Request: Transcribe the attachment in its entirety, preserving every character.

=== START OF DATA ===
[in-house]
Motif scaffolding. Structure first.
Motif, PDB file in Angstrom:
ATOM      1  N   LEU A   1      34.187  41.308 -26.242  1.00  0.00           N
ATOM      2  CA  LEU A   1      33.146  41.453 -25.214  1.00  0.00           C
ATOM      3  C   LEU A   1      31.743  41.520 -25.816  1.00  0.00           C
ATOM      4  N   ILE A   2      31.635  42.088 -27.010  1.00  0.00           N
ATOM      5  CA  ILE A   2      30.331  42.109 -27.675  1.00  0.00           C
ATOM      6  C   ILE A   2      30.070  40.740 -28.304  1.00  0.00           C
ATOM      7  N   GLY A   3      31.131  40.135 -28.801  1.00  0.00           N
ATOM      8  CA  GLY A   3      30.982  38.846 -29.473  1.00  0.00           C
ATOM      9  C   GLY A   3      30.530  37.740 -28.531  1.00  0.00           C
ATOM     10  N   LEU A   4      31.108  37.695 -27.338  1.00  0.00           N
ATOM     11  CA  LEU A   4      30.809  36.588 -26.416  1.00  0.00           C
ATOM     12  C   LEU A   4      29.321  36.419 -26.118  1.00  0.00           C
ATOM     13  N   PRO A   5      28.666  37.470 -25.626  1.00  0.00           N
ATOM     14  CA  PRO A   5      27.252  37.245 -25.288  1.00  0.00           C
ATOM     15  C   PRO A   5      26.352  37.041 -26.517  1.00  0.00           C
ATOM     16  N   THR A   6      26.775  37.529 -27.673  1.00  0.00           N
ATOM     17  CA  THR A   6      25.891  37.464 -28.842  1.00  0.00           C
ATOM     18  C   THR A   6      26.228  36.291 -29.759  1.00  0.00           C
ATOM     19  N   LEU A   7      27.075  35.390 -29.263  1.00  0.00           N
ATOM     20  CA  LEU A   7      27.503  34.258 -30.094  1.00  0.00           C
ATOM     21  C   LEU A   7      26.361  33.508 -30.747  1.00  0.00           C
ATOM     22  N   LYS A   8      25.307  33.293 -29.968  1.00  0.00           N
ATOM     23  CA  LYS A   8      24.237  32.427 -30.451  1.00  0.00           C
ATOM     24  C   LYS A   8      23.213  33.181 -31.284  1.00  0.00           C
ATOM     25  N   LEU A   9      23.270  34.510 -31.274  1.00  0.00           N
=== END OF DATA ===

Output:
[in-house]
Motif scaffolding. Structure first.
Motif, PDB file in Angstrom:
ATOM      1  N   LEU A   1      34.187  41.308 -26.242  1.00  0.00           N
ATOM      2  CA  LEU A   1      33.146  41.453 -25.214  1.00  0.00           C
ATOM      3  C   LEU A   1      31.743  41.520 -25.816  1.00  0.00           C
ATOM      4  N   ILE A   2      31.635  42.088 -27.010  1.00  0.00           N
ATOM      5  CA  ILE A   2      30.331  42.109 -27.675  1.00  0.00           C
ATOM      6  C   ILE A   2      30.070  40.740 -28.304  1.00  0.00           C
ATOM      7  N   GLY A   3      31.131  40.135 -28.801  1.00  0.00           N
ATOM      8  CA  GLY A   3      30.982  38.846 -29.473  1.00  0.00           C
ATOM      9  C   GLY A   3      30.530  37.740 -28.531  1.00  0.00           C
ATOM     10  N   LEU A   4      31.108  37.695 -27.338  1.00  0.00           N
ATOM     11  CA  LEU A   4      30.809  36.588 -26.416  1.00  0.00           C
ATOM     12  C   LEU A   4      29.321  36.419 -26.118  1.00  0.00           C
ATOM     13  N   PRO A   5      28.666  37.470 -25.626  1.00  0.00           N
ATOM     14  CA  PRO A   5      27.252  37.245 -25.288  1.00  0.00           C
ATOM     15  C   PRO A   5      26.352  37.041 -26.517  1.00  0.00           C
ATOM     16  N   THR A   6      26.775  37.529 -27.673  1.00  0.00           N
ATOM     17  CA  THR A   6      25.891  37.464 -28.842  1.00  0.00           C
ATOM     18  C   THR A   6      26.228  36.291 -29.759  1.00  0.00           C
ATOM     19  N   LEU A   7      27.075  35.390 -29.263  1.00  0.00           N
ATOM     20  CA  LEU A   7      27.503  34.258 -30.094  1.00  0.00           C
ATOM     21  C   LEU A   7      26.361  33.508 -30.747  1.00  0.00           C
ATOM     22  N   LYS A   8      25.307  33.293 -29.968  1.00  0.00           N
ATOM     23  CA  LYS A   8      24.237  32.427 -30.451  1.00  0.00           C
ATOM     24  C   LYS A   8      23.213  33.181 -31.284  1.00  0.00           C
ATOM     25  N   LEU A   9      23.270  34.510 -31.274  1.00  0.00           N